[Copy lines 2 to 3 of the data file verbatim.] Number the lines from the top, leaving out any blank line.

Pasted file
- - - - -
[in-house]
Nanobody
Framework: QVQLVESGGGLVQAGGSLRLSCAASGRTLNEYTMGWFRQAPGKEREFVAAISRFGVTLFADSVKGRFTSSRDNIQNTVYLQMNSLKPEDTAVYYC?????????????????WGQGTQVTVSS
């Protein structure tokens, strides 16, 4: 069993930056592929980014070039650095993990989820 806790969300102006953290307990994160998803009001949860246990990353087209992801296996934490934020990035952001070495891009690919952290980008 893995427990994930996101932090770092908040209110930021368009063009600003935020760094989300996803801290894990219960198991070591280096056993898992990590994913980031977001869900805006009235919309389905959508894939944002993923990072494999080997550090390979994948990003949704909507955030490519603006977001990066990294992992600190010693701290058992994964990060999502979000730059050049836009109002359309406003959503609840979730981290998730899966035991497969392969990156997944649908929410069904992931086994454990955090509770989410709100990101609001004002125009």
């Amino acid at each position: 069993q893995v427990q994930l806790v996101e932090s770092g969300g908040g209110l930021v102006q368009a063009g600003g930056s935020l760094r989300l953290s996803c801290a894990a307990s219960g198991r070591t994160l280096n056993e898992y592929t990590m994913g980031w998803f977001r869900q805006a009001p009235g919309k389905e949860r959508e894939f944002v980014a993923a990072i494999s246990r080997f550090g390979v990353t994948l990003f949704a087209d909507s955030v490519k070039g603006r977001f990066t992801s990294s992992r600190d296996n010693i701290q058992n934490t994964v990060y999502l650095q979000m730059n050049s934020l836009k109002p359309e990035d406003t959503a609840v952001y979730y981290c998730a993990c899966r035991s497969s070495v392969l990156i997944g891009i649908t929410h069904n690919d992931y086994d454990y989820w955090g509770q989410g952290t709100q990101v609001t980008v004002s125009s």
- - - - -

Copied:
Nanobody
Framework: QVQLVESGGGLVQAGGSLRLSCAASGRTLNEYTMGWFRQAPGKEREFVAAISRFGVTLFADSVKGRFTSSRDNIQNTVYLQMNSLKPEDTAVYYC?????????????????WGQGTQVTVSS